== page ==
Women bishops: Church of England votes yes
The General Synod has voted today to allow the creation of women bishops
The Church of England's General Synod has voted to allow the creation of women bishops, bringing to an end one of the Church's longest-running controversies.
Formal moves towards the ordination of women began four decades ago and the Church of England decided that women could be priests more than 20 years ago. But the prospect of women bishops has proved a more controversial idea, with traditionalists bitterly opposed.
What is the significance of the vote?
The immediate consequence is that the Church of England has avoided a bruising battle in which it could have had women bishops imposed upon it from outside. Before the vote, the Daily Telegraph speculated that bishops in the House of Lords could have tabled a bill to force the matter, or they might have dissolved the current Synod and started afresh. Either method would have been highly contentious and could have left the Church divided for years to come.
As well as marking a milestone on the wider issue of women's rights, the introduction of women bishops will alter the leadership profile of the Church of England, which is central to many state occasions and local ceremonies. It will also bolster the efforts of those who are starting to call for the ordination of women in the Catholic Church, which would have consequences of its own.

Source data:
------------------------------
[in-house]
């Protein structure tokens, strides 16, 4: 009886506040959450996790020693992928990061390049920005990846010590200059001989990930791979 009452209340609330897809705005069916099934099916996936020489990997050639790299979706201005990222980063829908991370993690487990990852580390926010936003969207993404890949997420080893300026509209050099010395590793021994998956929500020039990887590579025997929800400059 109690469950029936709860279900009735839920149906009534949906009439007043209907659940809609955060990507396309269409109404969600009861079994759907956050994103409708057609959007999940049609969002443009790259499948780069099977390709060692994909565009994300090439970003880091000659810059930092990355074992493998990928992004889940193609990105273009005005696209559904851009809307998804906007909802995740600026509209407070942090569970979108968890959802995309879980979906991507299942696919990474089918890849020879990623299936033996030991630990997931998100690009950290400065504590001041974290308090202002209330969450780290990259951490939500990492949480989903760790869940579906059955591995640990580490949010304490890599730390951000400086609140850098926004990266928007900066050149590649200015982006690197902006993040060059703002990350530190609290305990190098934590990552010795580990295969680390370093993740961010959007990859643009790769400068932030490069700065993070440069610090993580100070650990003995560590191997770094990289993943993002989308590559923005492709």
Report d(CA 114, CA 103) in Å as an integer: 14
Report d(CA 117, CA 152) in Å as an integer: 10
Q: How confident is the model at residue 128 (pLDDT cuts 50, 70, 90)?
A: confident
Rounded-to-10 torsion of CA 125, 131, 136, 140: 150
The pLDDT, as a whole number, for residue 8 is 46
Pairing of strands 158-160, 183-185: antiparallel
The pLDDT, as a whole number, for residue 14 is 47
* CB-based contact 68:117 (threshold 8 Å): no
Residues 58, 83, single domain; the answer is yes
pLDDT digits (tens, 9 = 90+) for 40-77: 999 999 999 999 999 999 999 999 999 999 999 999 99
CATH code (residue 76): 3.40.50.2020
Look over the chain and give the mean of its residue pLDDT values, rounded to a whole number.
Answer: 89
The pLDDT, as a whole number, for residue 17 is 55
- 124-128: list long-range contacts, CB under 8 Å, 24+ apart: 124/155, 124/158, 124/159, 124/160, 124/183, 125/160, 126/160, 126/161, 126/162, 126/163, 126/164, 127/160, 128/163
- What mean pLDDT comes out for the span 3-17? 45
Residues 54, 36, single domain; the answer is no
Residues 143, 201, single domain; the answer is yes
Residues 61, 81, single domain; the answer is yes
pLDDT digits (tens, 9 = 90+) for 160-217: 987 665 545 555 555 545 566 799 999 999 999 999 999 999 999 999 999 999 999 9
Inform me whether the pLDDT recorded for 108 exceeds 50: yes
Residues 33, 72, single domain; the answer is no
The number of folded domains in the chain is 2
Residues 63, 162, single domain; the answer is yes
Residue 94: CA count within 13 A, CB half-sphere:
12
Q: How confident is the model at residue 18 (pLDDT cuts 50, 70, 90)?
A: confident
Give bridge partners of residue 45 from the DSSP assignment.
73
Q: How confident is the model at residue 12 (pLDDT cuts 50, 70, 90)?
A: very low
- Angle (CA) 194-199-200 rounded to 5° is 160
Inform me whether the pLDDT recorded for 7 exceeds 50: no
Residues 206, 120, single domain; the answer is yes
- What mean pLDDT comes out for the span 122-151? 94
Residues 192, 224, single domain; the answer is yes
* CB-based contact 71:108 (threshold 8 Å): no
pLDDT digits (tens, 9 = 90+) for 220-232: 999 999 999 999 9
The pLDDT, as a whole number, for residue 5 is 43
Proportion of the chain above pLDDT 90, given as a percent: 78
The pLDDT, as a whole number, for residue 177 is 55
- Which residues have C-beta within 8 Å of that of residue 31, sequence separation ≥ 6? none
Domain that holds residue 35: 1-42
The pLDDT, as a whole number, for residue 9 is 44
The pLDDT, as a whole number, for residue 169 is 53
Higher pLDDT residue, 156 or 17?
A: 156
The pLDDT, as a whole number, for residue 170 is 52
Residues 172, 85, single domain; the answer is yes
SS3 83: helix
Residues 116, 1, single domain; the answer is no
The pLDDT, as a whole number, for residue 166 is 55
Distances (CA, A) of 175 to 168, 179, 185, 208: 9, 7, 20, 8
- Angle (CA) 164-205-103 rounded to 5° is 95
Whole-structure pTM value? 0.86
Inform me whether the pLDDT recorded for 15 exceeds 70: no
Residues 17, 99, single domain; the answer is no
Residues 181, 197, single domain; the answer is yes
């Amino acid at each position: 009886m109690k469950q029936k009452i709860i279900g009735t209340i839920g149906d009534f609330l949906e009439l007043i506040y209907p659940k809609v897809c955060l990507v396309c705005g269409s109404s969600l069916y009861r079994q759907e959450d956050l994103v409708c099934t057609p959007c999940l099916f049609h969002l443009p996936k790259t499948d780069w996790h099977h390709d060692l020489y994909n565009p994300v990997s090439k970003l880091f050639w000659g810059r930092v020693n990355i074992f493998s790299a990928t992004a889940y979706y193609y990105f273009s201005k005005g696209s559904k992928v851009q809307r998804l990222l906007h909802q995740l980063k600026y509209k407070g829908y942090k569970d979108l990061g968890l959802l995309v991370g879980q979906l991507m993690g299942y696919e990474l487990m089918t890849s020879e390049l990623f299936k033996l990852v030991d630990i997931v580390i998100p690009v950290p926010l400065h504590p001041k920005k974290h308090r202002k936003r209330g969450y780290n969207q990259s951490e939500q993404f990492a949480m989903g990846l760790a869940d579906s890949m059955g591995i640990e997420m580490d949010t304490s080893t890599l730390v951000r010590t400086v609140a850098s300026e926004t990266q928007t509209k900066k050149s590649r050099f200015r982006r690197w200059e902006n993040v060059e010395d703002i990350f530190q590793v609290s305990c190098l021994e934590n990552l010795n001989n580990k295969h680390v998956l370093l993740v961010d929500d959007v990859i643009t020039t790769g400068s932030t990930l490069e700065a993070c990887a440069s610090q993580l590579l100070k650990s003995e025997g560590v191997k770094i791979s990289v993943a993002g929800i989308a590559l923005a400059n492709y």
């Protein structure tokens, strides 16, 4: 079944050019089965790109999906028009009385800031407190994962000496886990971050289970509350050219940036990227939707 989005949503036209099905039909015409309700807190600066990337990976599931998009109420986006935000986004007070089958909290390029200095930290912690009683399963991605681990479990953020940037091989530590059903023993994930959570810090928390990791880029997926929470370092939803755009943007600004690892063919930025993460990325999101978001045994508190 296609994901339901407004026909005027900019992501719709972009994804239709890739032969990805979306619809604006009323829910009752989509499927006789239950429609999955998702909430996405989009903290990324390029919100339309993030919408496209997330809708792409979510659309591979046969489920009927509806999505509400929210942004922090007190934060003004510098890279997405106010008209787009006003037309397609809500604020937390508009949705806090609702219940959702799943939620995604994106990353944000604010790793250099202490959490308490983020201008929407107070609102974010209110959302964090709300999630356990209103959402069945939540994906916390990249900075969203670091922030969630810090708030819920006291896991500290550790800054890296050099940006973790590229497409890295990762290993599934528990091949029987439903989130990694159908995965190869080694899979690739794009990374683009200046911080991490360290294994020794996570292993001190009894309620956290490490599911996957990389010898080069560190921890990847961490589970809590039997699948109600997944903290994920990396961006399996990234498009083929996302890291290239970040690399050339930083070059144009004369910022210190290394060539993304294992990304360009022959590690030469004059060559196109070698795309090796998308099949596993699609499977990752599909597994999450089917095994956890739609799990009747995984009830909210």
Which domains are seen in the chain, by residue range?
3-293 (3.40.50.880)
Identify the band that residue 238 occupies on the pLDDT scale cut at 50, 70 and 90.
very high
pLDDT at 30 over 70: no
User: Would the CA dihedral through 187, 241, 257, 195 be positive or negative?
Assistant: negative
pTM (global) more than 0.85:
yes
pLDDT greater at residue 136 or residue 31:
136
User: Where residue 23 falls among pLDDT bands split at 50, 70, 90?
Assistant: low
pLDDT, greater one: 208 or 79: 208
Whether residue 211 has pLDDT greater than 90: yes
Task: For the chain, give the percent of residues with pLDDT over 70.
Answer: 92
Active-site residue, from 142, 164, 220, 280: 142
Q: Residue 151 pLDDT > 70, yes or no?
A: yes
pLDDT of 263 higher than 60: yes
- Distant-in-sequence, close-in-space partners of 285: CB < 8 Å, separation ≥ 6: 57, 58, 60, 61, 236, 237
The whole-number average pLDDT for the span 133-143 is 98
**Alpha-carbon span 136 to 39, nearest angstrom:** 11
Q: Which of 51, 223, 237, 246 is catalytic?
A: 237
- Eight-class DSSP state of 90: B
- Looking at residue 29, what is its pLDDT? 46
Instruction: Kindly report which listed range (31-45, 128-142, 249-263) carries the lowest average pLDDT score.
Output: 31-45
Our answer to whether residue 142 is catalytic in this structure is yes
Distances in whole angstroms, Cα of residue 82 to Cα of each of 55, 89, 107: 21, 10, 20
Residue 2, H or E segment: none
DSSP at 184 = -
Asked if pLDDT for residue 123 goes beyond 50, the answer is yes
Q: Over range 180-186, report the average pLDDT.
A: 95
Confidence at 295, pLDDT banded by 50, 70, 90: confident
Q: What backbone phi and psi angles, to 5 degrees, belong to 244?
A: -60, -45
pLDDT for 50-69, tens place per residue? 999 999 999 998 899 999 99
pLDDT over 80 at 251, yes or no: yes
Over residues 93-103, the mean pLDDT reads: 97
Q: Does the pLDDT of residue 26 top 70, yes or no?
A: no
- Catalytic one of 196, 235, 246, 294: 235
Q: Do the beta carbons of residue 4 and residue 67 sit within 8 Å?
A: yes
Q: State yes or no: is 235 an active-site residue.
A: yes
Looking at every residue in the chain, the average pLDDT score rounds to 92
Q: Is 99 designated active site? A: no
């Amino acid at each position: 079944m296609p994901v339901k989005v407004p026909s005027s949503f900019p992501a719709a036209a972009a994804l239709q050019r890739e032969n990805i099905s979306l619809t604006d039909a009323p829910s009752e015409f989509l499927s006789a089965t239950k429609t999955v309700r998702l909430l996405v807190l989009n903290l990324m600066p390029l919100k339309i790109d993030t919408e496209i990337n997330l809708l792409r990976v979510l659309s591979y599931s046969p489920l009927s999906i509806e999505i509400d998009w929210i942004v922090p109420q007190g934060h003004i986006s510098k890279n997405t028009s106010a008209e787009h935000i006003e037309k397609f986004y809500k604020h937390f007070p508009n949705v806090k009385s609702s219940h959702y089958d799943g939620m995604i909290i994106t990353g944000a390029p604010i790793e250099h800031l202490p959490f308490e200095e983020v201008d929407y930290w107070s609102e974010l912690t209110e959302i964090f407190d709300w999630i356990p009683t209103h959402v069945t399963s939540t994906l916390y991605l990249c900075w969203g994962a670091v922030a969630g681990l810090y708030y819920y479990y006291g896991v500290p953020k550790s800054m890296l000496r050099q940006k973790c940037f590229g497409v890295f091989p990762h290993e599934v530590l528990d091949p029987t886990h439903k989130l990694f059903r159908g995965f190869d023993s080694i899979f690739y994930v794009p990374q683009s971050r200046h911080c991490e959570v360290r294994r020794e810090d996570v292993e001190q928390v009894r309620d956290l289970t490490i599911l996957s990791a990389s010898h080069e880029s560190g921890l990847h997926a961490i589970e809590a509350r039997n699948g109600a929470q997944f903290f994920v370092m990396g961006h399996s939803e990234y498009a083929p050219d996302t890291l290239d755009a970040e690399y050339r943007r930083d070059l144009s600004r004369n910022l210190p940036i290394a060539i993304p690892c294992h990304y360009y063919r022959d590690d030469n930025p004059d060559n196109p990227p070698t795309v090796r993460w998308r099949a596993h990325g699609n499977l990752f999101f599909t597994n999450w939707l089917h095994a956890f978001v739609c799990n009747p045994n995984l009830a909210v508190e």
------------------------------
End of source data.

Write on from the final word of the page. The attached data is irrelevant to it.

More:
Why do some in the Church oppose women bishops?
Opponents believe that women should never be in a position of authority over men in the Church. Some also point out that Jesus Christ's disciples were all men. However, supporters of female bishops reject both arguments and also cite polls indicating a clear majority of Church of England members support women bishops.
Wasn't the matter closed a few years ago?
In November 2012, legislation to open the episcopate to women collapsed at the final hurdle, despite overwhelming support for it in the Church as a whole. It was backed by almost three quarters of the Synod, but it failed to pass because it fell just six votes short of the required majority among lay members.
How did it get back on the agenda so quickly?
After the 2012 failure, MPs threatened to impose women bishops by force using equality legislation. That was enough to persuade the Synod into keeping the proposal on the agenda and to conjure a semblance of common ground.
Both sides broadly accepted that a compromise had to be reached in order to hold the Church together. However, as the BBC reported, this led to a stand-off in which opponents demanded a series of safeguards, while supporters claimed that the caveats would leave women bishops with diminished authority.